Schaumburg divorce attorney, divorce and finances, financial mistakes, divorce proceedings, finances during divorceWhen your marriage is ending, your life will likely be thrown into chaos as you and your spouse work to separate the many aspects of your lives which have become closely linked over the years of your partnership. During divorce, it is important to understand how your finances will be affected and plan for how you will manage your ongoing budget.

Consider the following tips to get on the right financial foot during divorce proceedings and after your divorce has been finalized:

  1. Create a budget - You should make sure you have a full understanding of your income and expenses, including any spousal maintenance or child support payments you pay or receive after the divorce. Additionally, be sure you are accounting for rent, utilities, groceries, credit card bills, vehicle maintenance costs, insurance, and child care costs. Setting everything down in a budget and planning month to month management will ensure that unexpected costs do not arise and cause problems in the future.


collaborative divorce, Schaumburg divorce attorney, Illinois Collaborative Process Act, alternative dispute resolution, divorce processIn our modern society, divorce is often unavoidable. But while divorcing couples will need to resolve issues such as the division of assets and debts and the allocation of parental responsibility, reaching a decision on these matters does not have to be contentious.

By using methods of alternative dispute resolution, couples can settle the outstanding issues in their divorce while avoiding costly litigation.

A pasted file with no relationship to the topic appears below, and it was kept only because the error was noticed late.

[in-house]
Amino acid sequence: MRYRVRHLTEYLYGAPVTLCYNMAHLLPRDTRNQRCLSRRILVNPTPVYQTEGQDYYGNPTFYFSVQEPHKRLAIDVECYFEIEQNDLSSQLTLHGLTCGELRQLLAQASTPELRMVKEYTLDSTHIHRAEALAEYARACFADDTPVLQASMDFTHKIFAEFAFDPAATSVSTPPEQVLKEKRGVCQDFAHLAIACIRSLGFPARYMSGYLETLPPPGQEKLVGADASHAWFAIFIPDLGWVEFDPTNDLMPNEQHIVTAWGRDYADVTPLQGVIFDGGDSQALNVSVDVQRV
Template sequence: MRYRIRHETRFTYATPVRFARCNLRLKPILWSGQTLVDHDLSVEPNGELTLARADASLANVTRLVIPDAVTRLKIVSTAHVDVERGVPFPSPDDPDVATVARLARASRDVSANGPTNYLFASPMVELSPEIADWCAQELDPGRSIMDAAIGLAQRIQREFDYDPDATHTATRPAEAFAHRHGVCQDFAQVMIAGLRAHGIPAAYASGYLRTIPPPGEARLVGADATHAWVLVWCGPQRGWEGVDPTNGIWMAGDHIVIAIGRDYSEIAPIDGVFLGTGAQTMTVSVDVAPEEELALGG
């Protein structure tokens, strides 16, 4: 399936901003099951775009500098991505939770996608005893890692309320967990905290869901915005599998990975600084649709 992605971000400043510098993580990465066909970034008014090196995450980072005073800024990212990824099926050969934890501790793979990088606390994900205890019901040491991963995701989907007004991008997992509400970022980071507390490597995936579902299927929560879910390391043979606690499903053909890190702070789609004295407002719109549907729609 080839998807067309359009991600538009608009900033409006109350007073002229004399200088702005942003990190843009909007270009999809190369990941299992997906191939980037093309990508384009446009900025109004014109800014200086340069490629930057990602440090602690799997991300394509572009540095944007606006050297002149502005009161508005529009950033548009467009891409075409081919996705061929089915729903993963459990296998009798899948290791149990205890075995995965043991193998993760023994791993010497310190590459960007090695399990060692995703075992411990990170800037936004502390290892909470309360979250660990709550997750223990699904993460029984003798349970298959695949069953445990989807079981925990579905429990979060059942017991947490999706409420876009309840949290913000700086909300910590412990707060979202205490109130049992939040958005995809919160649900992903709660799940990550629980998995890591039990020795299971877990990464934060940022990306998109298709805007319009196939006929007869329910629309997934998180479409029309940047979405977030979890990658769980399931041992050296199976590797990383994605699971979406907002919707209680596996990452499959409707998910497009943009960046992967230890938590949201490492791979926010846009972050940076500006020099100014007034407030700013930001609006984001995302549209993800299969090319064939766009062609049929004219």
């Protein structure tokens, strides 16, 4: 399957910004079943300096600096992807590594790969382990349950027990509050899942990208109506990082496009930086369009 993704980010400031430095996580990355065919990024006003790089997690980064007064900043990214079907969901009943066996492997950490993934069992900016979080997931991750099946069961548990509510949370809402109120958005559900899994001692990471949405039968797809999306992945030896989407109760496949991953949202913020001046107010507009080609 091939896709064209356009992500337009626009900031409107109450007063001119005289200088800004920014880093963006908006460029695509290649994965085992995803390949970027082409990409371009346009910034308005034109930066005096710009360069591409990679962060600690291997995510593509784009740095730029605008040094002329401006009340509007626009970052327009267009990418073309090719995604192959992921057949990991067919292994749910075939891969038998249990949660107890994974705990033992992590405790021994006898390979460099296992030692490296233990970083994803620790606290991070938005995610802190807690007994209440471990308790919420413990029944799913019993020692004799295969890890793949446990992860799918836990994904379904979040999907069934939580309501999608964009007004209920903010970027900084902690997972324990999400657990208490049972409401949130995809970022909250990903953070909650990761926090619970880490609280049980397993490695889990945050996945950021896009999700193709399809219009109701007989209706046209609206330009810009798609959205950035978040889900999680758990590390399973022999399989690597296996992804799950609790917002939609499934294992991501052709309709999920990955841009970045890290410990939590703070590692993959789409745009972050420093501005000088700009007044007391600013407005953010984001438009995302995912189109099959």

One of the best ways divorcing couples can work together to reach a settlement is through collaborative divorce (also known as collaborative law). This practice has become more common in recent years, and it has been formally recognized in the state of Illinois through the Illinois Collaborative Process Act, which Governor Bruce Rauner signed into law in August 2017 and which goes into effect on January 1, 2018.


Schaumburg family law attorney, college expenses, 529 college savings account, college savings plans, college and divorceDivorce can cause a great deal of financial upheaval in a couple’s lives, and as parents seek to restructure their finances following the end of their marriage, they will need to continue to provide for their children.

One financial aspect of divorce that parents sometimes neglect is how to pay for their children’s college expenses, especially if they divorce when their children are still young and college is several years in the future.

However, as college approaches, and families begin the process of applying for financial aid, they can take certain steps to ensure that children will be able to receive a college education without breaking the bank: